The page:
A brute force attack occurs when malicious hackers use forceful attempts to break into an account and gain access to private information. Hackers use this attack to collect data or steal personal information and sell it to others. Additionally, they can use it to spread malware, phish victims, or carry out other illegal activities.
How Do Hackers Attempt A Brute Force Attack?
A hacker can use a range of methods to gain unauthorized access to an account. Some of them are –
- Simple brute force attack – This occurs when an attacker uses logical attempts to decode your password without the use of the software.
- Dictionary attack – This type of attack happens when the attacker runs several password combinations against a targeted username.
- Hybrid brute force attack – In this type of attack, hackers combine their logical guesswork with external means like a dictionary to mix common words with random characters. This helps them decode passwords faster.
- Reverse brute force attack – This attack starts when hackers use a known password and run it against several usernames to find a match. Leaked passwords from data breaches are often used in such an attack.
- Credential stuffing – Credential stuffing happens when a hacker has access to a username-password combination that works for one website. He then tries that combination on other websites. Users who have a common username-password combination across different websites are often victims of this attack.
Tools Used to Make Brute Force Attempts
Hackers often use sophisticated tools to do their job faster and with more accuracy. They have automated tools for rapidly guessing thousands of password combinations. These tools work against computer protocols like MySQL, SMPT, FTP, and Telnet to allow hackers to create wireless modems and decrypt passwords.
Usually, passwords using leetspeak are safer. But these tools can also translate leetspeak which is the secret code for writing any digital communication or passwords. Hackers have also invented hardware tools that combine the powers of CPU and GPU and increase the computing power needed for cracking passwords.
How to Detect Brute Force Attacks?
To ensure effective protection against brute force attacks, it is important to detect them well. Common signs that point to a brute force attack include –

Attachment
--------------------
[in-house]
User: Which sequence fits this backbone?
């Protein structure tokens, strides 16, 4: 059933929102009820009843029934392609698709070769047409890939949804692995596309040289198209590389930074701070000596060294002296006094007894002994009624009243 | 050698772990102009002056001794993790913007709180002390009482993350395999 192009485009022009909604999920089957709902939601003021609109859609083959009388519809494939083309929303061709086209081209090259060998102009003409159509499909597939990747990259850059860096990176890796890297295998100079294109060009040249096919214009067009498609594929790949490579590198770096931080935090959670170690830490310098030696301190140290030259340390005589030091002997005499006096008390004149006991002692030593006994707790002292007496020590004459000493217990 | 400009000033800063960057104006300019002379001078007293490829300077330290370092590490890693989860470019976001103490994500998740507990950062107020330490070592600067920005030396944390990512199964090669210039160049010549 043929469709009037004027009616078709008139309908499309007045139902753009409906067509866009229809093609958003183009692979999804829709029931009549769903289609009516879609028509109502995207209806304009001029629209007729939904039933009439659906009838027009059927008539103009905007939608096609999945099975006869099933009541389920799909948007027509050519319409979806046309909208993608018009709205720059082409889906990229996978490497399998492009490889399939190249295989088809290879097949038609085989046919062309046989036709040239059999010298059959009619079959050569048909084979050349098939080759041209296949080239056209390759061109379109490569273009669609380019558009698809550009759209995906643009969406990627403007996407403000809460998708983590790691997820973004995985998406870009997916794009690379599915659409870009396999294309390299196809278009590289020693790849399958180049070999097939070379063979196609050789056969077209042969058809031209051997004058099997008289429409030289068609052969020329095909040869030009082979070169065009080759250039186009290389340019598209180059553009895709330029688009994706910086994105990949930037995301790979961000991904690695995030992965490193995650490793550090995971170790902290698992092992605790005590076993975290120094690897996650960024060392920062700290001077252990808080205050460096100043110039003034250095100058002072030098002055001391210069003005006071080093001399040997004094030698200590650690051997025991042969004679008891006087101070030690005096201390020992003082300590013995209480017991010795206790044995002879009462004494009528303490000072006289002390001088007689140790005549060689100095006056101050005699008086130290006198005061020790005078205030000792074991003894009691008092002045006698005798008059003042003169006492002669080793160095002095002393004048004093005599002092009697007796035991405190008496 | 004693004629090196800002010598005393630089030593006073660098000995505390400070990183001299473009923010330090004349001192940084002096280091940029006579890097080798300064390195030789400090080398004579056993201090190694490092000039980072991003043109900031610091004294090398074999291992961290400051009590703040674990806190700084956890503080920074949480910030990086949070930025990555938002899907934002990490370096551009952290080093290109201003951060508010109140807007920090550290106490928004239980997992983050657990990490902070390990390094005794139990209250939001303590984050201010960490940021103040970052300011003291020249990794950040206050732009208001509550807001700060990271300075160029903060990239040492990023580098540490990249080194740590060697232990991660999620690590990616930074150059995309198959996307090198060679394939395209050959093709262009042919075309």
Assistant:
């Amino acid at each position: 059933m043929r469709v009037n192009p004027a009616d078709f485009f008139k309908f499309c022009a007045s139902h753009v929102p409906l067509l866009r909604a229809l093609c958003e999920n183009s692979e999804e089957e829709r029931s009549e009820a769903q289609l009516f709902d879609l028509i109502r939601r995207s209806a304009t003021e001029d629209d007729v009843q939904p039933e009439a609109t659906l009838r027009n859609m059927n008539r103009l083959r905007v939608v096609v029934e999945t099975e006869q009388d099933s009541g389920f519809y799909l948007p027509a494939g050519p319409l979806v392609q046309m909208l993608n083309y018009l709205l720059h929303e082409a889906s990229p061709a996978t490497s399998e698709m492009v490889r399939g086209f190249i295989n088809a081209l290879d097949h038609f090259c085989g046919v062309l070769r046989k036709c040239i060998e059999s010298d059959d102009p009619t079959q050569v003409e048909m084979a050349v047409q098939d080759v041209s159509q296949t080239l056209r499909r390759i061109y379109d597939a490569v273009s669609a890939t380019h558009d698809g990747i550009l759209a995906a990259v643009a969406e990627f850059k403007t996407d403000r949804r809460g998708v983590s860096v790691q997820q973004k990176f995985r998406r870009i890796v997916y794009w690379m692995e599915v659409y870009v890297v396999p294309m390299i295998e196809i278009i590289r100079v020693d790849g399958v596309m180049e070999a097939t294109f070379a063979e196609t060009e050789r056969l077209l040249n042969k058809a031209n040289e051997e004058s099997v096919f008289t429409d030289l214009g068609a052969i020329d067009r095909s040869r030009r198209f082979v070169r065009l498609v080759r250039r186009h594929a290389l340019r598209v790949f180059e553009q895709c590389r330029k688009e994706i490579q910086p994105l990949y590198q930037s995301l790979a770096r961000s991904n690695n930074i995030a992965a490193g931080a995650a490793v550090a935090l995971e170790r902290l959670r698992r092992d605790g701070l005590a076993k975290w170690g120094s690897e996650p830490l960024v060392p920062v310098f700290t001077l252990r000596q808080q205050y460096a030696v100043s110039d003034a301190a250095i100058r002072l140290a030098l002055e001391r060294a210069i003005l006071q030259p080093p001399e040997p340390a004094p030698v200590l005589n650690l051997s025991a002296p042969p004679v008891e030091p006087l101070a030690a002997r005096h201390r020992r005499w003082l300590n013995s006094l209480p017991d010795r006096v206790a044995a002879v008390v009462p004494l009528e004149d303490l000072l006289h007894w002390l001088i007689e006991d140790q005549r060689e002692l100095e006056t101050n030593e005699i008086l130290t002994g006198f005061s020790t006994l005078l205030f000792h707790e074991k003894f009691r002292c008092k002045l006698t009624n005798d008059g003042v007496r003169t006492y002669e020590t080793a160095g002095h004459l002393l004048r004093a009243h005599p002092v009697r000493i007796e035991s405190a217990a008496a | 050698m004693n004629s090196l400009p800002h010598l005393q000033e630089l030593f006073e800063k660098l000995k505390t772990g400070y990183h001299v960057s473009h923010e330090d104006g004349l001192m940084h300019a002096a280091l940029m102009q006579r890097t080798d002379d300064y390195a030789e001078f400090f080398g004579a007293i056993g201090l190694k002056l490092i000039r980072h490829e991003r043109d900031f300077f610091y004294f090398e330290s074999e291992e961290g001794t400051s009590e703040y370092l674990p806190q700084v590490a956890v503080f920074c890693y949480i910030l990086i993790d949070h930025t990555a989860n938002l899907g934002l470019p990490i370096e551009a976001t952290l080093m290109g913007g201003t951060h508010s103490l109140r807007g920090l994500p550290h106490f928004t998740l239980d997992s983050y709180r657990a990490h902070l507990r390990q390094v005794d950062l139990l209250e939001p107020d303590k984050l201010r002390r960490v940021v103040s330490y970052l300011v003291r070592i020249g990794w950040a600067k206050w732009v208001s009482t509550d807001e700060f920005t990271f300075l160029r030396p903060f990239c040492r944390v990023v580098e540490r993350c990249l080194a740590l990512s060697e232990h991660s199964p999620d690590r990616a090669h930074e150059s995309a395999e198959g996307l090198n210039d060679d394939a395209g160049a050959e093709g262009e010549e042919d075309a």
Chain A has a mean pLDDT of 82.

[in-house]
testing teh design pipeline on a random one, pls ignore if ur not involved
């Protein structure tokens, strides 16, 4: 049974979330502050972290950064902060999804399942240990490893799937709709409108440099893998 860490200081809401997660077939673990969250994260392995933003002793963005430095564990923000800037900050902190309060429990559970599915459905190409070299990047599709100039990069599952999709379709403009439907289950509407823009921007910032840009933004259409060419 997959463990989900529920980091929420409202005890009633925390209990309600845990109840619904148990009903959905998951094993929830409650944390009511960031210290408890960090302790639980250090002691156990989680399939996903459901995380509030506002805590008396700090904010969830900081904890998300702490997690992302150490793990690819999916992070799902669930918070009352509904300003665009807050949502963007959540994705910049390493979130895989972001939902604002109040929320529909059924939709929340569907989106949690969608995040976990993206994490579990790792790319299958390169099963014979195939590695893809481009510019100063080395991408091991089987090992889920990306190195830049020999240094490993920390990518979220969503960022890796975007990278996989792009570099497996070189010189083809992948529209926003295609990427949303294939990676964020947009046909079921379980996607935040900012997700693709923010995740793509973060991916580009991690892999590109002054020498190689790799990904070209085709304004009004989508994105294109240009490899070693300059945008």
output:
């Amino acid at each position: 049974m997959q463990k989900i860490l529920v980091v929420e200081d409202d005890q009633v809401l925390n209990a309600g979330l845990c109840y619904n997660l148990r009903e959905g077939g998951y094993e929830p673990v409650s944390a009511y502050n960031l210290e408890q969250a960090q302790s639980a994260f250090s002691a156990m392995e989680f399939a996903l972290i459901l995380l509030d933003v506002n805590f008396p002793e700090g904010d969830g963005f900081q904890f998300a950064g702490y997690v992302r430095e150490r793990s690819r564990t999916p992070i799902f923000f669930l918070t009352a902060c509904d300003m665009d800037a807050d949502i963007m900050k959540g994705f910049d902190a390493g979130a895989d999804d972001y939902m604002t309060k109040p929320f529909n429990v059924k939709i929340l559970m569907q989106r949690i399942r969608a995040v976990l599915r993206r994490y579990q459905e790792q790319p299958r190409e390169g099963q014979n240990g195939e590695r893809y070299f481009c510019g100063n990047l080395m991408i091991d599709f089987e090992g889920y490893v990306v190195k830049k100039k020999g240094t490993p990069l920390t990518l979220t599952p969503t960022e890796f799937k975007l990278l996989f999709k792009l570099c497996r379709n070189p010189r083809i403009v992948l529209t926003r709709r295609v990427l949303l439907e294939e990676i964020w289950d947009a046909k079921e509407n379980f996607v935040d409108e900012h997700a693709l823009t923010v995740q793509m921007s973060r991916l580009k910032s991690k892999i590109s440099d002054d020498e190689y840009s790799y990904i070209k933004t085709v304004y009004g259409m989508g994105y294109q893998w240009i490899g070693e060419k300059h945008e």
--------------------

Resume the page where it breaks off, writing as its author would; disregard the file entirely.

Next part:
- Several unsuccessful attempts to log in to an account from the same IP address.
- Several IP addresses unsuccessfully attempt to log into an account many times.
- Many IP addresses attempt to log in to an account from different IP addresses within a short duration.
How to Prevent Brute Force Attacks?
Organizations can protect themselves against this attack by taking the below-mentioned steps.
- Password education – Brute force attacks prey on weak passwords. Therefore, the first and most crucial step is to educate the workforce on how to create strong passwords. To create a strong password, you should avoid reusing a password across several websites. You should keep the passwords complex by using a combination of numbers, letters, and characters. Also, avoid using commonly used combinations such as 123, ABC, etc. It is also advisable to use a long password. The more the number of characters, the longer it takes a hacker to guess it.
- Changing the authentication URL – For automated attacks using bulk operation tools, changing the login page URL can be enough to stop them. This is possible because one of the primary requirements to launch a brute force attack is to send credentials to a destination URL. However, this method is not applicable when the web address is visible to all or is easy to guess.
- Using two-factor authentication – Two-factor authentication requires a user to enter the login credentials followed by accessing an email or inputting a unique code generated for authentication purposes. This ensures that someone cannot access an account just because they have the username-password combination.
- Using CAPTCHA – CAPTCHA is a way to implement manual verification before a user can log in to an account. It can be introduced by asking the user to check a box, identify objects in pictures, or retyping a text.
- Removing unused accounts – Unused and unattended accounts can serve as a backdoor for hackers and must be promptly deleted from the network.
- Using higher encryption rates – To make passwords harder to crack, administrators should encrypt them with high encryption rates such as 256-bit encryption.
- Randomizing password hashes – By using a technique called Salt, administrators can add random letters or numbers in password hashes. This ensures that even common passwords are unique for every user.
- Limiting the number of login attempts – Brute force involves multiple attempts to break into an account using someone’s login credentials. Administrators can limit the number of log-in attempts into an account. Once that limit is crossed, the account can go into lockdown.
- Blocking known attackers – Administrators can use a blacklist of IP addresses to block attackers known to them.
The Way Forward
Take necessary steps to ensure protection against brute force prevention. Get in touch with trusted security experts like Indusface today.